It was late in the night, I think, before we were put into a large cell with beds. Everyone fell fast asleep.
We were awaken at about 3am for breakfast. It was powdered eggs, potatoes, and milk. I tried to eat it but couldn’t. It tasted inedible, and I can eat just about anything. When I asked for soap and towels for showers for all of us I was told the day shift was in charge of that, so ask them. We didn’t see another officer until lunch, which came at about 2pm. The only reason I had those two reference points of time is because I had been to jail before. I had been arrested at the last Bank of America protest. The cell had no clock, we had no watches. It was getting really hard to figure out what the time of day it was. The Lights had stayed on all night. They stayed on every night.
For lunch we had more burritos. I put down one of them because they were the most palatable thing they had given us thus far. We asked for shower and toiletry supplies when they came to bring the food. They hadn’t answered us up to that point. The jailer just laughed and asked us why we wanted those things because after all “aren’t we used to living in our own filth”. We didn’t get showers the first day. Ignored by the guards for the rest of the day we sat around talking. Toilet paper came with dinner; how does anyone screw up turkey sandwiches? It’s as if they made the sandwiches 3 days before we got arrested and frozen to serve. Some were still frozen in the middle. I couldn’t eat it. Things were extremely disorienting, I didn’t know what time it was, but at some point in time late at night they began moving protesters in and out of the cell. This lasted all night. Every hour the LOUD ASS pa system would go off to transfer protesters, or give people blood presser checks, or pills (none of them took in the middle of the night).
The next day the food schedule remained the same. Reading the rules of the prison we saw that we were aloud a newspaper and a bible or Quran. We asked for both. We also continued to ask for soap and towels. It was hard to even figure out what time it was. Things were so disorienting. Anything we asked they told us that someone was on it. They wouldn’t turn on the TV; all we did was sit around and talk. It was cold; we were givin one thin blanket. One of our protesters had nothing on except shorts and a robe. The cops had disposed of everything he owned. I was cold wearing a thin CSUN sweater, he was freezing. He spent most of his time in his bunk wrapped in his blanket.
We ended up getting tooth brushes and past. We got a big bottle of soap for the showers. The soap had some harsh warnings on the container. The guard came back with 7 towels for our group of 46 people. He told us that we would have to make do and share the towels amongst us. We wouldn’t get any more towels. Some in the room hadn’t had a shower in over a week. We gave the towels to those of us who hadn’t showered in the longest time. I drew the final straw with 4 days.
At Some point we received a newspaper, it was 2 days old and in Spanish. The guards were extremely rude to us. They consistently lied about the time, keeping us off balance. We kept time by looking at the guards watch when they came to feed us. I couldn’t eat the food because it was so bad. They woke us up with the PA system every night all night. On the last night, I guess sick of being asked for a Koran, they took out one of our guys in cuffs. They put him in solitary confinement until I saw him the next day.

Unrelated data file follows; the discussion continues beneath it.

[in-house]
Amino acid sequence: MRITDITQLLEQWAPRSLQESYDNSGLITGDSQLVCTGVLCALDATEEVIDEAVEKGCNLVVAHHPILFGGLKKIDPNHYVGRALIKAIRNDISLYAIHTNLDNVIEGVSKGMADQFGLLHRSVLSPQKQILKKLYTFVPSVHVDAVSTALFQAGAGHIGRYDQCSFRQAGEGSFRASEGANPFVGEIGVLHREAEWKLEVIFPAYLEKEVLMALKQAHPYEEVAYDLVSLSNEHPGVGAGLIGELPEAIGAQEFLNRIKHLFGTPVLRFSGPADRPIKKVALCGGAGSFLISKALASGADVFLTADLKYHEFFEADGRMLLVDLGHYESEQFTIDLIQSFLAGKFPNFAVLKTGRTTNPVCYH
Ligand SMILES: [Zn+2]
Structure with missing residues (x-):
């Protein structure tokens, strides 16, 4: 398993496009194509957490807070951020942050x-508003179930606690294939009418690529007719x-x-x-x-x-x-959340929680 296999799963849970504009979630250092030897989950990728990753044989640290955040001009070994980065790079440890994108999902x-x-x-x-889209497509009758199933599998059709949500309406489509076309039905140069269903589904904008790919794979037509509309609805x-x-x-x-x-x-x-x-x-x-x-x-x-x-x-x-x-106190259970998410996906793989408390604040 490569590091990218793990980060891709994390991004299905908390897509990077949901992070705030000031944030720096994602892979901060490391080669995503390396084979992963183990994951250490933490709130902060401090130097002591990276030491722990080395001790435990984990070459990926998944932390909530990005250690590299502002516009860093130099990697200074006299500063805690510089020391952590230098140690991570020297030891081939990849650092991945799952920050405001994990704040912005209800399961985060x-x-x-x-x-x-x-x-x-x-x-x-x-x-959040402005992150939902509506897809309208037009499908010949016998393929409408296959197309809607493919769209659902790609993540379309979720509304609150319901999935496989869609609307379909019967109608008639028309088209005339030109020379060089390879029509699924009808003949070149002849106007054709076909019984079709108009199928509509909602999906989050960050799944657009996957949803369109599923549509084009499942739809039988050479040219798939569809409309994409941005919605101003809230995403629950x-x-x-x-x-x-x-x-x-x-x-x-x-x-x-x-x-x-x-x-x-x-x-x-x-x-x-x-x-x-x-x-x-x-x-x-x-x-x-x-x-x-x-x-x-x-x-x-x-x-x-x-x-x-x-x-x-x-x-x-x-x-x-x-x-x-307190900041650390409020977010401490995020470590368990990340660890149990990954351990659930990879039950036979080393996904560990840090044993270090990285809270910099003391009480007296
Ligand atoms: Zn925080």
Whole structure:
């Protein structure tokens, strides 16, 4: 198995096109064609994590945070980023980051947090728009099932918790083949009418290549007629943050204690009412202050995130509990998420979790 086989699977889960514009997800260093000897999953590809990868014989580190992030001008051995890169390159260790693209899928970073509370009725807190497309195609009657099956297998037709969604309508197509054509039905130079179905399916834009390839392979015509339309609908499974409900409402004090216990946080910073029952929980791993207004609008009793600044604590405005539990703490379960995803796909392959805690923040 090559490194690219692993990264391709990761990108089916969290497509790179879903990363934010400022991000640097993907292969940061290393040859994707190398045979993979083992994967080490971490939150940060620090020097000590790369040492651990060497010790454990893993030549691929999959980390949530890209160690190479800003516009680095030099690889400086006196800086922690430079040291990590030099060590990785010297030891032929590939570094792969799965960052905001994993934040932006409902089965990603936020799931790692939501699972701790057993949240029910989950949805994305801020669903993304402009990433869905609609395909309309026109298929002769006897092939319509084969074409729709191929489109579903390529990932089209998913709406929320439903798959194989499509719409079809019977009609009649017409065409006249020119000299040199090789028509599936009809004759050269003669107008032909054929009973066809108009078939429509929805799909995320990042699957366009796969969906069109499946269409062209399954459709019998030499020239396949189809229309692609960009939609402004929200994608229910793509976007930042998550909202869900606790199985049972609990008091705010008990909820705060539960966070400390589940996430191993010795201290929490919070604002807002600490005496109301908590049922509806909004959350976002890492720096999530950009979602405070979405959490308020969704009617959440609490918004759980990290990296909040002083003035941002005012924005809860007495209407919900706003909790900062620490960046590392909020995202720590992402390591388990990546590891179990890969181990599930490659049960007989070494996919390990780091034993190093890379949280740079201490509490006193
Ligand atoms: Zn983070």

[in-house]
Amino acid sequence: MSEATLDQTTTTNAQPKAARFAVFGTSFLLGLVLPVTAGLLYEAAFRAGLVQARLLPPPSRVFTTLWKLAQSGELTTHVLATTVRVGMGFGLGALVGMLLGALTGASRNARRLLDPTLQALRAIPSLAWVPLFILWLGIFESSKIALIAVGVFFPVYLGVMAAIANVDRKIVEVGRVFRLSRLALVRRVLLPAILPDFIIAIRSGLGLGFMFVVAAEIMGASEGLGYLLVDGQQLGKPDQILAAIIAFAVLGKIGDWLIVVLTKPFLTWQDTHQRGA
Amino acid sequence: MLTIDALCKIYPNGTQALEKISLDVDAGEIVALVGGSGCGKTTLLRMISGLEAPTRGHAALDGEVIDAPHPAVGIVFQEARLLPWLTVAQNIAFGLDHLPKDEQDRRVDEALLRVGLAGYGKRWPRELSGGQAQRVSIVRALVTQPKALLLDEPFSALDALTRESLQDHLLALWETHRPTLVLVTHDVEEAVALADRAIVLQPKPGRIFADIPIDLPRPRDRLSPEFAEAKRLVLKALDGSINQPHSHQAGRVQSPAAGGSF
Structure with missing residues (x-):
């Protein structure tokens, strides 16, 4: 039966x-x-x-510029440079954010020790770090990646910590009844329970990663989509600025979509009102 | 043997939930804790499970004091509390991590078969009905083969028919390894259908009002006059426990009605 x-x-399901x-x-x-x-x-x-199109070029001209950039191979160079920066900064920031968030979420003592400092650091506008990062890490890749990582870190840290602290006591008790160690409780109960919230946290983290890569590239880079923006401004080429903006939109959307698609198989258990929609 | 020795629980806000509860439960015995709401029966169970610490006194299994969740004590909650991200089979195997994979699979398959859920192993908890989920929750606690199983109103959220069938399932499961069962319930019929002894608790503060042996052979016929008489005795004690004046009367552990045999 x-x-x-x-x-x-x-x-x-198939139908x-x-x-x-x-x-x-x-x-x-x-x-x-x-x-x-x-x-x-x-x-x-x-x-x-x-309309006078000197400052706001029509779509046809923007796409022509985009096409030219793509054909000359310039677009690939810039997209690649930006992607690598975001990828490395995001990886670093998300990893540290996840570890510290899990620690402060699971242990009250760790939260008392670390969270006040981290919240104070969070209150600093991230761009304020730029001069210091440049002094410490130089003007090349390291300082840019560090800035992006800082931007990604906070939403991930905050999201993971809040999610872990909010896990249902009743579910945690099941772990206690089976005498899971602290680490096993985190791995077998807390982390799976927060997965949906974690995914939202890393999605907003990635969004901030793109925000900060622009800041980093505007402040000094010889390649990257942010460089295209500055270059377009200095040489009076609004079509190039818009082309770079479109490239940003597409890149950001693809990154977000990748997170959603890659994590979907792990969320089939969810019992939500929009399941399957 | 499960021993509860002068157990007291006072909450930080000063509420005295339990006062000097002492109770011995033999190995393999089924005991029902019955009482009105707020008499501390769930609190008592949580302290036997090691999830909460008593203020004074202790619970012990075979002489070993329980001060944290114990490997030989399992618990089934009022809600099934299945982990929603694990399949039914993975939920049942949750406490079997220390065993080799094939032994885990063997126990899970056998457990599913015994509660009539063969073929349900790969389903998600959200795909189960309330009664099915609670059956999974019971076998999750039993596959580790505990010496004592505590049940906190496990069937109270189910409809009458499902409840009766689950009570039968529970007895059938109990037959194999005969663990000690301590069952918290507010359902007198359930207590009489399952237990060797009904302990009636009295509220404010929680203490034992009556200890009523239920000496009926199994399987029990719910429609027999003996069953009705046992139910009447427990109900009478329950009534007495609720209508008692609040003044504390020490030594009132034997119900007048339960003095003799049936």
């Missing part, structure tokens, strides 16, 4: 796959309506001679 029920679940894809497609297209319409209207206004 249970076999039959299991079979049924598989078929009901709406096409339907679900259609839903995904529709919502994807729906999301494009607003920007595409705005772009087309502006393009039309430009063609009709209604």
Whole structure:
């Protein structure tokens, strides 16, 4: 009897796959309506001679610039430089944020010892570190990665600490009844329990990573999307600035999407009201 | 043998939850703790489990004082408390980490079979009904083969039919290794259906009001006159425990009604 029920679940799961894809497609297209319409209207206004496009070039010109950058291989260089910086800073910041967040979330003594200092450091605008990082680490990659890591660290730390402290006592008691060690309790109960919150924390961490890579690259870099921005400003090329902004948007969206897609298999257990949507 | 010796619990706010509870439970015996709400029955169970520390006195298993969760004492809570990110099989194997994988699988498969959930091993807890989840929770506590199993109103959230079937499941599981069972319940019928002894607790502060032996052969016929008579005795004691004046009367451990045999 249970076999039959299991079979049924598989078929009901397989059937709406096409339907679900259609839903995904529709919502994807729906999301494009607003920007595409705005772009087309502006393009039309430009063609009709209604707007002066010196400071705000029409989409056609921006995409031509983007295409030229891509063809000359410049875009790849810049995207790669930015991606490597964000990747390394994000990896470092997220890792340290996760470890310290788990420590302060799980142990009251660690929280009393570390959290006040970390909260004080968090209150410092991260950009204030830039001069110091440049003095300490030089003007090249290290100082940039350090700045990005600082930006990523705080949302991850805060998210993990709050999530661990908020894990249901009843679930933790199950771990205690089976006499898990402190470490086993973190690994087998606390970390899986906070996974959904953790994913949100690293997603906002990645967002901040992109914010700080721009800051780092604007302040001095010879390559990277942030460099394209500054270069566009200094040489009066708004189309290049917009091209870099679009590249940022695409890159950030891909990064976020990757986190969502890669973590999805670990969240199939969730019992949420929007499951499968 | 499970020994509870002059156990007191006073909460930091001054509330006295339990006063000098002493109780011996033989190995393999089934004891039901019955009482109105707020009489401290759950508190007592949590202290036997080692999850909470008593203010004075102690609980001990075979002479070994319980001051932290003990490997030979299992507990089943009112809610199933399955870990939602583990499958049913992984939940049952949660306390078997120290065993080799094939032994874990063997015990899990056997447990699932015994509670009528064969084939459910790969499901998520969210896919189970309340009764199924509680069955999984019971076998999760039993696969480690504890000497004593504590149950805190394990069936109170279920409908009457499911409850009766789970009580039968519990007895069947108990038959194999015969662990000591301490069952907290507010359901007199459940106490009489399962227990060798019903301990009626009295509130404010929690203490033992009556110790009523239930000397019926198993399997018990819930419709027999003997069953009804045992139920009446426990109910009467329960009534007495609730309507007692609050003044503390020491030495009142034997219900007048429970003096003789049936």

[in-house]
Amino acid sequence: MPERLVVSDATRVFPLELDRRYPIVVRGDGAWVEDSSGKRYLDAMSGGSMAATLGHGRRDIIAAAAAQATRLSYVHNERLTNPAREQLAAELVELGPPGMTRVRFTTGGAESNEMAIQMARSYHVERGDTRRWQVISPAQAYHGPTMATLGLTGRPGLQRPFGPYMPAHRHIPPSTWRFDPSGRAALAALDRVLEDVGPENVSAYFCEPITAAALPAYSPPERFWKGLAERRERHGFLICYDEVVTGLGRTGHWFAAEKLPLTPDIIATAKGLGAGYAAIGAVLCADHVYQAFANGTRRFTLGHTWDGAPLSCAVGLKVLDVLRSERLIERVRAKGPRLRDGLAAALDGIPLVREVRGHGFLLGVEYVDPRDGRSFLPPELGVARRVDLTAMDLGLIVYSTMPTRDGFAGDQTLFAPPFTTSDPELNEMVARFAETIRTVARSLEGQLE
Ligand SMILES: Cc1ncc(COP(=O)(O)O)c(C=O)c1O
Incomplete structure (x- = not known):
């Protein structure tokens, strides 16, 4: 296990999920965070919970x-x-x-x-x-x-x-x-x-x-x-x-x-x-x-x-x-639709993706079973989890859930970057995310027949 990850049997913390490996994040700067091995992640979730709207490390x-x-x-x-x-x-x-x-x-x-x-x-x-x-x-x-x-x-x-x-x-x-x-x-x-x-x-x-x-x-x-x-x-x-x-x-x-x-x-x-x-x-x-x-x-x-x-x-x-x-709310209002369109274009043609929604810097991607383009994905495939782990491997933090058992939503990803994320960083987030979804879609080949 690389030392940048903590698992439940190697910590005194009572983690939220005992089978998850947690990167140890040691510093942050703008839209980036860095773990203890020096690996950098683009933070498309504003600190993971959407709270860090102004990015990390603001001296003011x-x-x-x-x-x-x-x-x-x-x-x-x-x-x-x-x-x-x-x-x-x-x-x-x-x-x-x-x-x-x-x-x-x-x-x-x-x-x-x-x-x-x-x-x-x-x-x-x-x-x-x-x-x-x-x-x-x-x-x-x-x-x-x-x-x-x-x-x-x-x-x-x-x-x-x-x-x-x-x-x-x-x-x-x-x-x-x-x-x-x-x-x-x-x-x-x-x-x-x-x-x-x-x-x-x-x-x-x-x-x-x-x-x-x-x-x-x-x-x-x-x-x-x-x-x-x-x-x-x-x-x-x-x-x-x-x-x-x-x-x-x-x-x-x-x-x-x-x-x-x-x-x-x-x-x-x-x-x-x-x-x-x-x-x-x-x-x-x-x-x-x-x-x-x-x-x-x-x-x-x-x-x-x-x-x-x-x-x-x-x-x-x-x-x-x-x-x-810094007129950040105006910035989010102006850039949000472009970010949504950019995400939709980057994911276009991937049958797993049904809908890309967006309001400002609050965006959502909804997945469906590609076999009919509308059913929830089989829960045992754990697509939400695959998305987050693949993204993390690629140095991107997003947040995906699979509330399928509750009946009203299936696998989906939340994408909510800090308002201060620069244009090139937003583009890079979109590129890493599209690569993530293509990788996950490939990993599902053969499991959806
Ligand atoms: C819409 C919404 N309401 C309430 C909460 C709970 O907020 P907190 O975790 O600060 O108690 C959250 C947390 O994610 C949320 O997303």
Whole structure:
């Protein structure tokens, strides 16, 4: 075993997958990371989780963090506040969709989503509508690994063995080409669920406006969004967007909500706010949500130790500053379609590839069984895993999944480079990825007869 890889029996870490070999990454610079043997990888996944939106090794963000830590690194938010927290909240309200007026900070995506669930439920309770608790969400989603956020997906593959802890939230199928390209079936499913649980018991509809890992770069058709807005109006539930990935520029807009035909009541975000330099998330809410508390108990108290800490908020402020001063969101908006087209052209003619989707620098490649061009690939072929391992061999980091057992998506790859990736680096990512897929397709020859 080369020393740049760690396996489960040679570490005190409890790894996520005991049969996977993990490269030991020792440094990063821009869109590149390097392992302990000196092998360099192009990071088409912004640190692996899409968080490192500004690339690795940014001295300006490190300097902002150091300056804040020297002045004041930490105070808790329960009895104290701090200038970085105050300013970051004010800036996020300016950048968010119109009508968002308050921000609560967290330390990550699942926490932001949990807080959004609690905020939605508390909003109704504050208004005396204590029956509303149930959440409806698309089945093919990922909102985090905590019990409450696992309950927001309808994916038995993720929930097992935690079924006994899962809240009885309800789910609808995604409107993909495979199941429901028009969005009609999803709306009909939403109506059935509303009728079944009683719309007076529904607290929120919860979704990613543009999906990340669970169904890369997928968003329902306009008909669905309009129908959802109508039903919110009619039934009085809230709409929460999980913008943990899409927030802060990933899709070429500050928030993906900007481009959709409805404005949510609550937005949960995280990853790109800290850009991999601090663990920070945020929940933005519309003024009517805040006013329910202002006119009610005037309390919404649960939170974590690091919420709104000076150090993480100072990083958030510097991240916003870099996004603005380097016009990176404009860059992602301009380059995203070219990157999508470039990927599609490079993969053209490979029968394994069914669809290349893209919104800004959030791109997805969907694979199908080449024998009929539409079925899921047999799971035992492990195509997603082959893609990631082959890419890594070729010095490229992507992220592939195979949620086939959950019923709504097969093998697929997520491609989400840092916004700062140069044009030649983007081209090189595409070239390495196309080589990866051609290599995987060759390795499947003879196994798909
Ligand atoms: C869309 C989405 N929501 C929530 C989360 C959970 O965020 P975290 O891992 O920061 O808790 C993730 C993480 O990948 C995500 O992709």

The last night, they started to take people out of the cell the same as they had done before. But this time they weren’t replacing them with other protesters. We thought that some of us were getting let out. This turned out to not be true. We saw them again the next morning in the holding cells, when we were preparing to be transported to court. They were being held in the holding cells.
We were arrested at 2am on Wednesday morning; we were let out at 5pm Friday afternoon. Our bail was 5000 dollars; most couldn’t even come up with 10% of it for the bail bonds man. After 3 days we were given a yellow piece of paper and told to come back on the 5th of January. While the people I got arrested with were on city hall property, a lot of the men inside were not. Most I met were trying not to get arrested. Some were arrested two blocks away. We had one guy in with us who was a cab driver. He just got out of his cab to see all the commotion of what was going on. A lot of people were arrested while they were on the sidewalk as far as 2 blocks away.
We were told, repeatedly by numerous guards that we were being made an example of. They said that they were told to teach us a lesson so we wouldn’t come back. Well I learned a valuable lesson. I don’t think it’s the lesson they had intended. Lessons were learned by everyone who got arrested that day. We recruited more people that night. Some who just came for the spectacle, are now heavily committed. Those who had no idea what was going on, are now asking questions and getting involved.
Show me what a police state looks like; this is what a police state looks like!
No the injuries that the majority of protesters suffered can show up in a picture. But they are just as bad. The tactics they are using are psychological in nature here at Occupy Los Angeles.
I was eating at panda express with my friend after my release from jail. One of the girls working at the establishment started moving the metal chairs around on the cold tile surface floor. She was trying to clean. I had a flashback of being woken up in the night to the jail PA system. It just made me realize how good at mind games the establishment truly is.